And speaking of Dr. Klouda, can you imagine Jesus looking down on the mess and saying "Well done" to the folks responsible for her hiring and subsequent firing?

I can't, either.

DISCLAIMER: Of COURSE I know there are wonderful organizations in the SBC. I think of Union University, for whom I have the highest regard. That's just one and there are plenty of others, I'm sure. That's not the sort of organization I'm thinking of here.

I'm not a lifelong Southern Baptist with an emotional investment in the SBC. I should have connected the dots sooner.

The plain fact is that the SBC doesn't deserve to be any better than all the garbage we've seen in the last couple of years. And please don't yell that none of us are worthy, etc. I know that, but the SBC was especially blessed early on, and it doesn't take a genius to figure something's come off the tracks, and badly at that.

One other point: don't point to souls on the mission field, or baptisms, or any of the other "successes" in the work. Those are God's successes, not ours. He used Pilate to paint a sign that pointed one of the thieves on the cross, to the saving power of Jesus, and if He can do that, He can use a corrupt organization just as well as He can a corrupt politician. We're supposed to be known by the fruit we bear, and somehow we've perverted that to mean souls "won" by our efforts. Well, God wins them, we don't, and I think we'd better be about showing the fruit of the Spirit in our collective lives, not something we've defined to be striven for in its stead.

So ... Rev. Burleson's dilemma is that he desires to see the SBC ship righted, but God may not want that done. That reduces the question, and it's a question I ask myself all the time, to "What does God want ME to do?" NOT "What does God want to happen, to the SBC?"

That never was the question, but it seems to have been the one that certain Denominational Executives have been answering, by their actions, all along.

Tuesday, February 05, 2008

The Kingdom Symphony: Bach To The Basics

I woke up this morning, (thanks, God) thinking about Symphony Orchestras and the SBC. Here's what came to mind:

A Symphony Orchestra is composed of many different instruments. Instruments of different kinds. Played by different people. Playing different parts. Lots and lots, of each sort.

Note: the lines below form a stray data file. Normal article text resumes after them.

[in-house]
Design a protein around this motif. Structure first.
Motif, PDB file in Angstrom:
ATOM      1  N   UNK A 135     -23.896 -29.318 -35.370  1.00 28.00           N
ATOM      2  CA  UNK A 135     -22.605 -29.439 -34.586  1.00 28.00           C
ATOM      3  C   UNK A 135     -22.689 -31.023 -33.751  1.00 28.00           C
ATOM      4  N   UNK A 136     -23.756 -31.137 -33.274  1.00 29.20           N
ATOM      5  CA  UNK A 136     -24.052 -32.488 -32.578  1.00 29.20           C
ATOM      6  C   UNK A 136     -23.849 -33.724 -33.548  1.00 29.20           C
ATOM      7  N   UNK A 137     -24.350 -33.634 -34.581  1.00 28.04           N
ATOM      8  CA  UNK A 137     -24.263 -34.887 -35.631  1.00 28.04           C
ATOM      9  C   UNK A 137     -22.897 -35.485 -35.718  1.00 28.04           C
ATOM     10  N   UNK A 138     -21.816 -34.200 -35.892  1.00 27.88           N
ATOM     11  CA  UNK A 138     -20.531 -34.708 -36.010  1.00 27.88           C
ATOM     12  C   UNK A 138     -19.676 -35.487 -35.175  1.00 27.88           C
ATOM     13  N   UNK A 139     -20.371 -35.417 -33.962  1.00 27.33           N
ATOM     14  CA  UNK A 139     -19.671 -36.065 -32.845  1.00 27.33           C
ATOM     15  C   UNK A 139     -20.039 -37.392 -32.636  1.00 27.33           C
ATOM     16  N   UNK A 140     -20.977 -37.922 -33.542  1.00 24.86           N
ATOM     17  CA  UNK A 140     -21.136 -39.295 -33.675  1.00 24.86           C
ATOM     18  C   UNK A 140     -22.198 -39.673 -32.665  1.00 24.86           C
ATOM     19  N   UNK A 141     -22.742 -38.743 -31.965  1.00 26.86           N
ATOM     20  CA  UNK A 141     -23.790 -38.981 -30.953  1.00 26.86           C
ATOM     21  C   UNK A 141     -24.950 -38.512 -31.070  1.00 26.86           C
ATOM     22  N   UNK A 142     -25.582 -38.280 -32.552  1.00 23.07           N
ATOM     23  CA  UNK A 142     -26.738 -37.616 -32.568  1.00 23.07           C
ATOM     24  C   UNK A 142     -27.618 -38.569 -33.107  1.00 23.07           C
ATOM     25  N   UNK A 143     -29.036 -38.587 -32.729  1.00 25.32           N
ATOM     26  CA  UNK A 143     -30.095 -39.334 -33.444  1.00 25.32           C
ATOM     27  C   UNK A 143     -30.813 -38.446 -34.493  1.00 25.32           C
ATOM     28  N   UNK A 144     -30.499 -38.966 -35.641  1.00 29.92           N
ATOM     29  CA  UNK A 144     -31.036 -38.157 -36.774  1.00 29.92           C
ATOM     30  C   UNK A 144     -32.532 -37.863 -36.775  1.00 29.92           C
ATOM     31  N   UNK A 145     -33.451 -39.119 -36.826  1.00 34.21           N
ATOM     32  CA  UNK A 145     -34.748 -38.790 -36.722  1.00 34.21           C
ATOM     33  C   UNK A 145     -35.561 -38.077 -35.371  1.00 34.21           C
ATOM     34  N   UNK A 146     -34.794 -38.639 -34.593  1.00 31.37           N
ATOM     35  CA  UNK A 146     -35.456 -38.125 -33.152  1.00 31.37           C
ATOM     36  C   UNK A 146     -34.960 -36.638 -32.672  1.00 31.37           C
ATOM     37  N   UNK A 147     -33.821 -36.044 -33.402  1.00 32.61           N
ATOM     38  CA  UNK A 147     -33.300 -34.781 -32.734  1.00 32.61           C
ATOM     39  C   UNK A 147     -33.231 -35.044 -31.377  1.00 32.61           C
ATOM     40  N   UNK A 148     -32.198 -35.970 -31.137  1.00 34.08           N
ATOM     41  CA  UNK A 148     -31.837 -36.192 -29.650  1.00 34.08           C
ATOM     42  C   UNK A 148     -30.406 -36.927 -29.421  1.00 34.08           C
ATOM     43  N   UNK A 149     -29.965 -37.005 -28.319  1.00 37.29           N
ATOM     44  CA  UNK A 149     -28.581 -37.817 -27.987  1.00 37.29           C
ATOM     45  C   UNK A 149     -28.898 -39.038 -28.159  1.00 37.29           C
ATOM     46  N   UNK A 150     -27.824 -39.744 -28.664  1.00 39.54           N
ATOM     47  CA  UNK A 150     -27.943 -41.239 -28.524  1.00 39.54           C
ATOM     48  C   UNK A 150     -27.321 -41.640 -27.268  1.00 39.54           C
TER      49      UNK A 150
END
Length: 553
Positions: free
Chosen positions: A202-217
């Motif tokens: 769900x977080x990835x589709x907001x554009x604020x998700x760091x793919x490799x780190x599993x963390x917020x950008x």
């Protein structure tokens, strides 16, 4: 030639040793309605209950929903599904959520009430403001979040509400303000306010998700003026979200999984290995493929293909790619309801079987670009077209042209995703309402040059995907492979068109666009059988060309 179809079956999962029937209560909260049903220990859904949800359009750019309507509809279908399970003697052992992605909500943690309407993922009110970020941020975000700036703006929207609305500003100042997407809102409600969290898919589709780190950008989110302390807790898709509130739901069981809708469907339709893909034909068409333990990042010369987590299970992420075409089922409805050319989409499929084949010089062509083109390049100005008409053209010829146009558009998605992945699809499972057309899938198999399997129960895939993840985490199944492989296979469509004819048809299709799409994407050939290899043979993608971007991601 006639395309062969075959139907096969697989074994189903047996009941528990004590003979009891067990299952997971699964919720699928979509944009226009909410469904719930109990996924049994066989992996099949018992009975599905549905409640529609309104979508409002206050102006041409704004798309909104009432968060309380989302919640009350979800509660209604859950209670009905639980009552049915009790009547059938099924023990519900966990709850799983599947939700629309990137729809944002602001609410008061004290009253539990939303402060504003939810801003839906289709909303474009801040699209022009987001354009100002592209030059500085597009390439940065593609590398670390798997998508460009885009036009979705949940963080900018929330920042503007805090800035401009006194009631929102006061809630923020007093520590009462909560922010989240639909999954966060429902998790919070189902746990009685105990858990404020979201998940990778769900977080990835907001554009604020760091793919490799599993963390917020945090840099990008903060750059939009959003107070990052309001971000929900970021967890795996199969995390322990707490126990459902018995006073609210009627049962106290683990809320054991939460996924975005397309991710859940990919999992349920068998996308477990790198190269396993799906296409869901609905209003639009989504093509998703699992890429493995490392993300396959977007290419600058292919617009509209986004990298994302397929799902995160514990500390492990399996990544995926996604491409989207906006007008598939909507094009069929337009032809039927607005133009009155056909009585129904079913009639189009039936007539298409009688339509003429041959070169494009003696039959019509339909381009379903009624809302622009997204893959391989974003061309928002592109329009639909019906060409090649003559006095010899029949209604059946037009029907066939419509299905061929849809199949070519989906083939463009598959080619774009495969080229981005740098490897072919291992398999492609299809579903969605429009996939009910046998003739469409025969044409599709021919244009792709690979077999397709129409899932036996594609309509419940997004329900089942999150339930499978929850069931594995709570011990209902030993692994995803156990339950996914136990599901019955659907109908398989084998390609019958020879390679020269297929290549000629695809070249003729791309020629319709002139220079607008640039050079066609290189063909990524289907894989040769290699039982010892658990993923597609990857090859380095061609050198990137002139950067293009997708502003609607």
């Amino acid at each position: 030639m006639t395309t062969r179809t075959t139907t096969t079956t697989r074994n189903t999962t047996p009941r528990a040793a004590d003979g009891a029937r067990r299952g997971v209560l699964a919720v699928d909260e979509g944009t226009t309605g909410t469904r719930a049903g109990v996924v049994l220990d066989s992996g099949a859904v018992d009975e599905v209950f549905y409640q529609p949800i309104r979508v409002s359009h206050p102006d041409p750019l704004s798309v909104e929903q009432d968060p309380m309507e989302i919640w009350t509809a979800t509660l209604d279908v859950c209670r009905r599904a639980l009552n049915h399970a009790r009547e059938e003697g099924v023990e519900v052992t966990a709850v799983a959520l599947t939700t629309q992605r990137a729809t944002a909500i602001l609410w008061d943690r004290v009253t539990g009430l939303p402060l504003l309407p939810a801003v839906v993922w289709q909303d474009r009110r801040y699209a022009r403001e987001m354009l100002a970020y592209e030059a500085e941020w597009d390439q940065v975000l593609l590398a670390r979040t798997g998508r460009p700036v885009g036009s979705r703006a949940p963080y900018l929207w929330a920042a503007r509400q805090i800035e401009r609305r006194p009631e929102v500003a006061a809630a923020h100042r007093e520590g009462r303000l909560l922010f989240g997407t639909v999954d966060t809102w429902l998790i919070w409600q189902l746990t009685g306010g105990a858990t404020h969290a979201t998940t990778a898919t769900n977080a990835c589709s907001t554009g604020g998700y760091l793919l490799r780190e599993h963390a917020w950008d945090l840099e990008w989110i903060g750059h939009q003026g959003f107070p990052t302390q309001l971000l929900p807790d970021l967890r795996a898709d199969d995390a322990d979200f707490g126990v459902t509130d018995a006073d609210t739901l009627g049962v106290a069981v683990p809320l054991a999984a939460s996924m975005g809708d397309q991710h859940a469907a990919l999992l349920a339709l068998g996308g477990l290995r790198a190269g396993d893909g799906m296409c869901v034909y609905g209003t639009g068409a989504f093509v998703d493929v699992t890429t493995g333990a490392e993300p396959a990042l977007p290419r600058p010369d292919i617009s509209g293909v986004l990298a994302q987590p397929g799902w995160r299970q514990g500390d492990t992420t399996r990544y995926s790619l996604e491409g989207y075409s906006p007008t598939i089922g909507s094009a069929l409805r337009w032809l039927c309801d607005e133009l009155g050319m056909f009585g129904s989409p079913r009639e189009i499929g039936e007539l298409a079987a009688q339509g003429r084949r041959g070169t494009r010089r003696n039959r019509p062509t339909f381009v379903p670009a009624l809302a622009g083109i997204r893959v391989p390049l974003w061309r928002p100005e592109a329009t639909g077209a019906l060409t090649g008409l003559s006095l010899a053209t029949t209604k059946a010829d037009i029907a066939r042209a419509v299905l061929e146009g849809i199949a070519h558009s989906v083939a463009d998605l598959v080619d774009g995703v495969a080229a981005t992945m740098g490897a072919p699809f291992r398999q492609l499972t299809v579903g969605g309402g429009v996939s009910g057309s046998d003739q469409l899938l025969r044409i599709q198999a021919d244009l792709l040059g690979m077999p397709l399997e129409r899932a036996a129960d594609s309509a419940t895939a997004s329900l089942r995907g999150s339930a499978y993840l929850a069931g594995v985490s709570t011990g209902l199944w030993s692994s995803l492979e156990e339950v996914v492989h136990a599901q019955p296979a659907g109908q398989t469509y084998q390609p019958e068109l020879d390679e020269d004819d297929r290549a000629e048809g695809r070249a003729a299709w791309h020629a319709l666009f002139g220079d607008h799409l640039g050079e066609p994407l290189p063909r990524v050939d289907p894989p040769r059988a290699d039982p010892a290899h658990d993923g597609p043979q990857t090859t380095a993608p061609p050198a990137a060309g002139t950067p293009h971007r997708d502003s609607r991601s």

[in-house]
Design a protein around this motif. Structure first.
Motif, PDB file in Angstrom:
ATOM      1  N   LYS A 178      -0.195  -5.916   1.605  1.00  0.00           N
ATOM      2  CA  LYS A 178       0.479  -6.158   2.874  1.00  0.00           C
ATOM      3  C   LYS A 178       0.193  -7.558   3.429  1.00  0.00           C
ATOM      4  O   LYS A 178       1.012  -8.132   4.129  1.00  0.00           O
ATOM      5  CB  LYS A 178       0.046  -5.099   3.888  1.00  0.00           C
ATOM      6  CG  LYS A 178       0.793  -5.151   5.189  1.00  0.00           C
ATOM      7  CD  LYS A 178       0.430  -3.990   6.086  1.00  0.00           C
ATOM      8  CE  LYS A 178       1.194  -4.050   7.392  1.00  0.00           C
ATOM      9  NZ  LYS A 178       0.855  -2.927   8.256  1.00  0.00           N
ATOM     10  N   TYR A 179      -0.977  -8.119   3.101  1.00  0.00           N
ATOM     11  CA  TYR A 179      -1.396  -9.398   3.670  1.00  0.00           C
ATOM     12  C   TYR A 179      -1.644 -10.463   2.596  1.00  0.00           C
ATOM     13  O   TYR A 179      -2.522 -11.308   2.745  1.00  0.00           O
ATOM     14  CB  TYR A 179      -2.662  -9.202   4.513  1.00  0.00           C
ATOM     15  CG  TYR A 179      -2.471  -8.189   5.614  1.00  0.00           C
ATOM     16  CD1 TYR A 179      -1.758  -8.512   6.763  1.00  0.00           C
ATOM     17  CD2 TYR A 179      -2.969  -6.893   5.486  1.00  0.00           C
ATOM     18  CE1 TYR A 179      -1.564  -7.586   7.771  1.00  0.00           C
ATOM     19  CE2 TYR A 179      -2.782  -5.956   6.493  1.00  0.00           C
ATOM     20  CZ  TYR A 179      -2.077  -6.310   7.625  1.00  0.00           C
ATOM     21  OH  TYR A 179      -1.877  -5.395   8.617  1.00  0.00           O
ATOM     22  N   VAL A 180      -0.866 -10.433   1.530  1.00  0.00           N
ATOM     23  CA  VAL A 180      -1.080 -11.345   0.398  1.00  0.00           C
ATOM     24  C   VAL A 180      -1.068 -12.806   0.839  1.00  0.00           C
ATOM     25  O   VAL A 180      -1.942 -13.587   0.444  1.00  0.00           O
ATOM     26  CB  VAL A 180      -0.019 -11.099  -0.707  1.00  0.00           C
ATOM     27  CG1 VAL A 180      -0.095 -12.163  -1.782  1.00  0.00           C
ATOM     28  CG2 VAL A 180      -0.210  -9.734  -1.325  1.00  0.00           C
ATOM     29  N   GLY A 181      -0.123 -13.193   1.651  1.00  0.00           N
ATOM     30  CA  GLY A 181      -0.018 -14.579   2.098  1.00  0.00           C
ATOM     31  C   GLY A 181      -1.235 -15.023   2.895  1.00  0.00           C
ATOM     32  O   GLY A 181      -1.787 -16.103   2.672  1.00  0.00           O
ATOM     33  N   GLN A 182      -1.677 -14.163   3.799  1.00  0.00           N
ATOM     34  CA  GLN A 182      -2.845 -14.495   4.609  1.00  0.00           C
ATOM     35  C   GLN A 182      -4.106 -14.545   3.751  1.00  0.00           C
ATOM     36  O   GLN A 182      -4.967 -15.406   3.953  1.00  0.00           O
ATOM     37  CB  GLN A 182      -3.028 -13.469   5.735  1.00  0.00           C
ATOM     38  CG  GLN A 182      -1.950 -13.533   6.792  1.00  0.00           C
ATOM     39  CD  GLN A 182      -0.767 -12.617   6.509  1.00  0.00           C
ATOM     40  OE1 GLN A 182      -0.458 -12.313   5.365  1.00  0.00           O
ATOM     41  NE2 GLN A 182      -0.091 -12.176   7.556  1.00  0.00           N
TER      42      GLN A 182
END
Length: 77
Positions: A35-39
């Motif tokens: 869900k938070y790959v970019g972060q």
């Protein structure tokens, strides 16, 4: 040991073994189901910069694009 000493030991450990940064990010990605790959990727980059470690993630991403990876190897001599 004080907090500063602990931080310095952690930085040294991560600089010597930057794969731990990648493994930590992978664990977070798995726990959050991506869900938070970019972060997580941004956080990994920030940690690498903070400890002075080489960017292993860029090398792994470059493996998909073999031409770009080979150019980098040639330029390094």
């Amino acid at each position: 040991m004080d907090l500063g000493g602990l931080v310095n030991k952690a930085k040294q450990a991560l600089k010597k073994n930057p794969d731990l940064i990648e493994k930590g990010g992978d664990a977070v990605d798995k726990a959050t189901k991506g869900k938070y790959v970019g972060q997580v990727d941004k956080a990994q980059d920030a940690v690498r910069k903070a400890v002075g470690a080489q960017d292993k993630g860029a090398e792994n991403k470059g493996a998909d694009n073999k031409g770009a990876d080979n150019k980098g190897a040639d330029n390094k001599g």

There are violins, which generally lead the way ... I mean, the First Chair Violin is usually the "Concert Master", right? ... but there are other violinists and some play other parts than the melody.

There are several other stringed instruments, too. They play supporting parts, in harmony with the melody, and occasionally even play melody, too.

I played the sax in High School, so reeds come to mind next. There's a bunch of them, too, and they play their own parts.

Same with woodwinds, etc. All the different groupings, sections, and instruments have their own part.

Then there's percussion. They set the pace for everybody.

I'm missing some, I'm sure. But last, I'll mention the Conductor and the Composer and the Arranger. In the imaginary Spiritual Symphony, they're all the same Person. I envision God as the Great Composer, the Holy Ghost as the Great Arranger, and Jesus Himself as the one and only Conductor we're supposed to follow.

Now, I mention Bach because I absolutely love how he weaves together such an impressive array of differing parts, harmonies, and rhythms into such a magnificent whole. The Brandenburg Concerto was the first Bach I ever got into, and I still hear things I never heard before when I hear it.

The work of the Kingdom is just as beautiful, and infinitely moreso, when we work with the same sort of harmony that the Vienna Philharmonic had when I first heard them play Bach in the fall of 1956 in West Lafayette, Indiana. But the individual "orchestra" members have to want to harmonize with and respect all the others in the orchestra. And stop complaining about their parts, too.